While has been made about Tesla’s four straight quarters of GAAP profitability, it may not be all that it seems. Tesla is able to pile up regulatory credits from different sources around the world because it sells low emissions vehicles. Other automakers need to buy these credits in order to remain in compliance and sell their gas or diesel fueled product lines. In the second quarter of 2020, Tesla posted net income attributable to common shareholders of $104 million. At the same time, it reported revenues of $428 million from selling regulatory credits (which it earns at no additional cost to Tesla). That means Tesla owes its entire profit margin to a revenue stream that will decrease as other car companies begin producing more electric vehicles.
Tesla’s legal issues and management issues tend to be one in the same. While Elon Musk has revolutionized the electric vehicle market and continually defied expectations, he has at times, proven to be a loose cannon, which has caused trouble for both Musk and the company. In 2018 the CEO and founder tweeted “Am considering taking Tesla private at $420. Funding secured.” The stock price skyrocketed and got him in trouble with the SEC. Musk was forced to step down as chairman of the board, he and Tesla each paid a $20 million fine to settle the issue without admitting guilt, and a few governance changes were made.
Elaboration of Investment Thesis
Tesla, as a company, has a great number of advantages. Chief among them is battery technology and production capacity. There is no other major car manufacturer that can currently produce anywhere near the number of batteries Tesla can, so the company benefits from a significant first-mover advantage. They also have a massive electric charger network which makes recharging Tesla’s very convenient. Because of that network, a Tesla is a more feasible alternative to gasoline or diesel cars for which filling up is a simple endeavour.
By being first to market on a large scale and initially focusing exclusively on the high-end segment, Tesla has managed to build a strong brand for itself as a company that produces reliable luxury products. The company has successfully retained the “luxury” perception despite offering vehicles priced for a broader audience. That could prove a major advantage when other brands begin introducing comparable cars, but they simply don’t have the reputation to beat out luxury brand pricing cars similarly.
However, no company exists in a vacuum. Tesla’s competitors have the scale, are well capitalized, profitable, and investing heavily to compete. While Tesla had a very large head-start, GM, Ford, Honda, Toyota, and others are closing that gap rapidly. Each of these companies is in the process of rolling out competitor products, some at even lower price points.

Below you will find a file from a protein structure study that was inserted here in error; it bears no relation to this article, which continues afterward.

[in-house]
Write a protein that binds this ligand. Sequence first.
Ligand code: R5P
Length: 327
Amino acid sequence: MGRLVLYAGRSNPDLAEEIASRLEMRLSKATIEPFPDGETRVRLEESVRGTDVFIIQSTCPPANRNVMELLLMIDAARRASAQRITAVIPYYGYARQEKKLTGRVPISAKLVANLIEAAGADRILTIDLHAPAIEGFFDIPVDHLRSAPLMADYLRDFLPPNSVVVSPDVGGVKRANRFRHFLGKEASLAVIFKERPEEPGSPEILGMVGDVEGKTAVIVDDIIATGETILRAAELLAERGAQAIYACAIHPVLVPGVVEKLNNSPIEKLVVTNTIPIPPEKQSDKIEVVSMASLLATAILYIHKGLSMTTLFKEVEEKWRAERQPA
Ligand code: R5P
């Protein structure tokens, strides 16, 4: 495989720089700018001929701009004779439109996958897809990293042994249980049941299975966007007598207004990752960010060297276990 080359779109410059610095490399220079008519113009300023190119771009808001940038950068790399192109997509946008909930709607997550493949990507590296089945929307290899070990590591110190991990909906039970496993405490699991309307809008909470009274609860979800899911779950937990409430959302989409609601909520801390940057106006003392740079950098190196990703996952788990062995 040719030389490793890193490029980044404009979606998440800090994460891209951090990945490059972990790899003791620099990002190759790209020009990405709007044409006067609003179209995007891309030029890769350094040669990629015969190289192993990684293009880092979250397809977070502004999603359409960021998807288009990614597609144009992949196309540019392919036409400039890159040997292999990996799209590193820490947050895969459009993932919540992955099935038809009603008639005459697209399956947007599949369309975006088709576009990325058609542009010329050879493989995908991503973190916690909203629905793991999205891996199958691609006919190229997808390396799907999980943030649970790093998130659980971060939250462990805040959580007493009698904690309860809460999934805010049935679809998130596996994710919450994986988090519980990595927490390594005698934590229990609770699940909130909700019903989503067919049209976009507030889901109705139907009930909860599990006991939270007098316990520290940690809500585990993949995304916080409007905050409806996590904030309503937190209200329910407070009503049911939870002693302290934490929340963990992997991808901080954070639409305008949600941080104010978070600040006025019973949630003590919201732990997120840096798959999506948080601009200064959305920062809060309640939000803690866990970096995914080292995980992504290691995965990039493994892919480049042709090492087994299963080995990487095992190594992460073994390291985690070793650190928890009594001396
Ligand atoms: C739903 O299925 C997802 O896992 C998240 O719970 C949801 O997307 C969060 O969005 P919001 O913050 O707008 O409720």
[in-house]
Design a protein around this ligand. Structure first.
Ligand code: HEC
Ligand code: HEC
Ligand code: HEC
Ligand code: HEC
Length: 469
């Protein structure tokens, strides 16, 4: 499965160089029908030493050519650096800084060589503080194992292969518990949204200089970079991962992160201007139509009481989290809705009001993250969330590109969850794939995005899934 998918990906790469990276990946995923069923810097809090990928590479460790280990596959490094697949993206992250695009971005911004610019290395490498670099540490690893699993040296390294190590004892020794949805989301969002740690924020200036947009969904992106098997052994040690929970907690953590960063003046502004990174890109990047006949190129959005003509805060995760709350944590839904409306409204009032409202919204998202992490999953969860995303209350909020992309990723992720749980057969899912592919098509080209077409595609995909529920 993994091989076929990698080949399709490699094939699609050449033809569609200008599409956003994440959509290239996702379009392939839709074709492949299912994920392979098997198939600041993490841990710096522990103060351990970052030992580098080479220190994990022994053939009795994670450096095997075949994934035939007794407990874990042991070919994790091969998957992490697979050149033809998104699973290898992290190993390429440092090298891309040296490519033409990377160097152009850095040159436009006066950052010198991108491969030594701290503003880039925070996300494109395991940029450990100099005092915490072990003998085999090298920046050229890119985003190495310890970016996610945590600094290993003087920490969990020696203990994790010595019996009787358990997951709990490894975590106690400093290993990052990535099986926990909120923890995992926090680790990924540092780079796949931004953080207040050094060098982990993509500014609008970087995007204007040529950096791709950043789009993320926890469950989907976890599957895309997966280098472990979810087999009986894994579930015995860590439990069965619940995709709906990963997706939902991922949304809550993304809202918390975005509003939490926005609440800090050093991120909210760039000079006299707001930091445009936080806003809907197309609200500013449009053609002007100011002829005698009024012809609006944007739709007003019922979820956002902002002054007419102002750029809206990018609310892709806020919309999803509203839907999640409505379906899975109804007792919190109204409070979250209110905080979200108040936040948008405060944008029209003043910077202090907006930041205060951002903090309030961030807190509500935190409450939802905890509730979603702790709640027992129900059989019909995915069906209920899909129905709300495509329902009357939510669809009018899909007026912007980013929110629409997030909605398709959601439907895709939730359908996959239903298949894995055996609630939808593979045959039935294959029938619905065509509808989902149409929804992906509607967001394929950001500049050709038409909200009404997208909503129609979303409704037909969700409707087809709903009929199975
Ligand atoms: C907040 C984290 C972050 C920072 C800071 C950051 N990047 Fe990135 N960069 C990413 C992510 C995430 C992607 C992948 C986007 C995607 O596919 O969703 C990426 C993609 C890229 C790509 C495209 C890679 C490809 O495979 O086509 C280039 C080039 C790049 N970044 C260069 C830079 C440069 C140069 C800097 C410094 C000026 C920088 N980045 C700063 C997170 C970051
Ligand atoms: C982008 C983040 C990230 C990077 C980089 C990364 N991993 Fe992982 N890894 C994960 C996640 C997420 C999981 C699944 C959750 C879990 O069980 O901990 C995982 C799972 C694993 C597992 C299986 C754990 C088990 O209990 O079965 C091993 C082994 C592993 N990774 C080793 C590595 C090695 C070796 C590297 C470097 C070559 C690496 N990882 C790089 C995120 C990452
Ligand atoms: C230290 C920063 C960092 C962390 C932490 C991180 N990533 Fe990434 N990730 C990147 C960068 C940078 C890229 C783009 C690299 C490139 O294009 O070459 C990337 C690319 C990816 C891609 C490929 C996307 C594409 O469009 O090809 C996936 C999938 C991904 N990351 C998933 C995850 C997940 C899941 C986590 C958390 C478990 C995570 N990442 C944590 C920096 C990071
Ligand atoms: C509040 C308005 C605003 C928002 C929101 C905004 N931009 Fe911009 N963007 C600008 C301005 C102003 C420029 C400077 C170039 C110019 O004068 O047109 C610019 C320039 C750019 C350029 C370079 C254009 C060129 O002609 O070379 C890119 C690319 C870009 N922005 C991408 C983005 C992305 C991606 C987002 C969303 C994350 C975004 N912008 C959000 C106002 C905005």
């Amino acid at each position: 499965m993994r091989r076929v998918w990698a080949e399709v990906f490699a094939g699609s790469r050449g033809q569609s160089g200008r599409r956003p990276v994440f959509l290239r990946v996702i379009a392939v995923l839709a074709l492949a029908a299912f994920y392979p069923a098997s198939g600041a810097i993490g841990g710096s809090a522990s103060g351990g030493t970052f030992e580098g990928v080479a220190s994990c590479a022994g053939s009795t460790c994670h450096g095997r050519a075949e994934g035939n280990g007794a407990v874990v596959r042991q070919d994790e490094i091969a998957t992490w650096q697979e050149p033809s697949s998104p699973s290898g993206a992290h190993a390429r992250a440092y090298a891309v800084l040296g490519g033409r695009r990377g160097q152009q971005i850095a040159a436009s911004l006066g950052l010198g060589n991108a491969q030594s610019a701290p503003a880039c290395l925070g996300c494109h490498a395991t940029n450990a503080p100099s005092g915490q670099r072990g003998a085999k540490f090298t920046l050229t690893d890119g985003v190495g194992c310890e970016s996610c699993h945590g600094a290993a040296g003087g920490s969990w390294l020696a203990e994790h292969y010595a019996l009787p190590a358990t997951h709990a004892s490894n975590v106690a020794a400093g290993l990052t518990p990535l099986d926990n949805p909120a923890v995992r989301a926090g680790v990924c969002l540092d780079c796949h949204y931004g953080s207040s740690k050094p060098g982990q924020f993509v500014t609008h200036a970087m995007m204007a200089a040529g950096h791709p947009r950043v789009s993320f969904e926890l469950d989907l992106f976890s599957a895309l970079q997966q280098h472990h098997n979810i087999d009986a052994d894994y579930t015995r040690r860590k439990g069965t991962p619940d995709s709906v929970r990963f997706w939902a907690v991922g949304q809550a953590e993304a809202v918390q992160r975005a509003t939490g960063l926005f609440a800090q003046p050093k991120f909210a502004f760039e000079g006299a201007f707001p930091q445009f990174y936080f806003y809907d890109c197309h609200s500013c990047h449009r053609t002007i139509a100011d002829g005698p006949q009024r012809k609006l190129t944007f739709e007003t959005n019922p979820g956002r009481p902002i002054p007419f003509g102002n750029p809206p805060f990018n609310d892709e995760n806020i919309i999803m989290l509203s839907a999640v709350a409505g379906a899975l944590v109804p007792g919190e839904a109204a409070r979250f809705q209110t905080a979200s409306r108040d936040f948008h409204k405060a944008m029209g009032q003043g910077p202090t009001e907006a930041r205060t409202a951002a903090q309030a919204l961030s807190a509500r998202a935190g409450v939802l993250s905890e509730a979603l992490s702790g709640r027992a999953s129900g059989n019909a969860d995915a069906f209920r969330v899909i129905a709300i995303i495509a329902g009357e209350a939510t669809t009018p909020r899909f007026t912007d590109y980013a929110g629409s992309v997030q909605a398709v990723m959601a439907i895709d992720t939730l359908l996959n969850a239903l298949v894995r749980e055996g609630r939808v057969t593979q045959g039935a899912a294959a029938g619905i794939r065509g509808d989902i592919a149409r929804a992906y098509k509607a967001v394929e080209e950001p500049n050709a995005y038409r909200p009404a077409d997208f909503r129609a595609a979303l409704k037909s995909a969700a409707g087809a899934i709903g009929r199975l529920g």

Long Term Outlook
Tesla is unlikely to fail. Despite the fact that its operations alone are not currently profitable, margins will improve as its factories begin to ramp up production capacity, giving a boost to the bottom line. Additionally, costs of core inputs like lithium ion batteries have continued to fall, a saving that Tesla could keep to itself or split with customers to reduce the price of its vehicles.
Why it is not reflected in the valuation
The factors that have helped Tesla get to its current price are a mix of rampant speculation and overly optimistic stories. The first is relatively simple to demonstrate. Take August 31, 2020 for example. On that day the car company executed a 5-for-1 split for its stock, and the stock closed up 12.57% when there was no other material news. Last time we checked, one five dollar bill is worth no more than 5 singles, but people speculating in the stock ignored that fact and drove the price up. This is a stark example, but it completely ignores the 61% jump that occurred between the actual announcement of the split and the day it occurred.
The belief that investors are too optimistic about the company’s future is far more subjective. It stems from the core belief that while some have chosen to assign massive premiums to the company for services that it doesn’t yet provide, that just doesn’t seem prudent. Especially for a company which has repeatedly missed timelines for core promises. The most prominent example is autonomous driving.
Elon Musk has repeatedly promised to meet, and then fallen short of timelines he’s set for one of Tesla’s most anticipated features. While that in and of itself is troubling, what’s more worrisome is that many believe that its promise of robotaxies will become a major part of Tesla’s business. As a result, they are predicting some earnings from that segment. However, in doing so, they ignore the regulatory and liability issues, the safety issues, and the fact that the technology to do it does not yet exist. There are several other examples similar to autonomous driving and robotaxies. While they can add value to Tesla if the company follows through and executes well, most appear to be moonshots or too far off to accurately predict.
The rest of this argument is clear. It is unlikely that Tesla, as a car company alone, can earn anything near what is necessary to justify its current valuation. The market cap of Tesla currently sits in excess of $450 billion. Now contrast that with the market cap of Toyota, Honda, GM, and Ford combined, which is less than $350 billion. Tesla would need to capture an unheard of amount of market share to justify its current valuation, and they’re facing increasingly tough competition.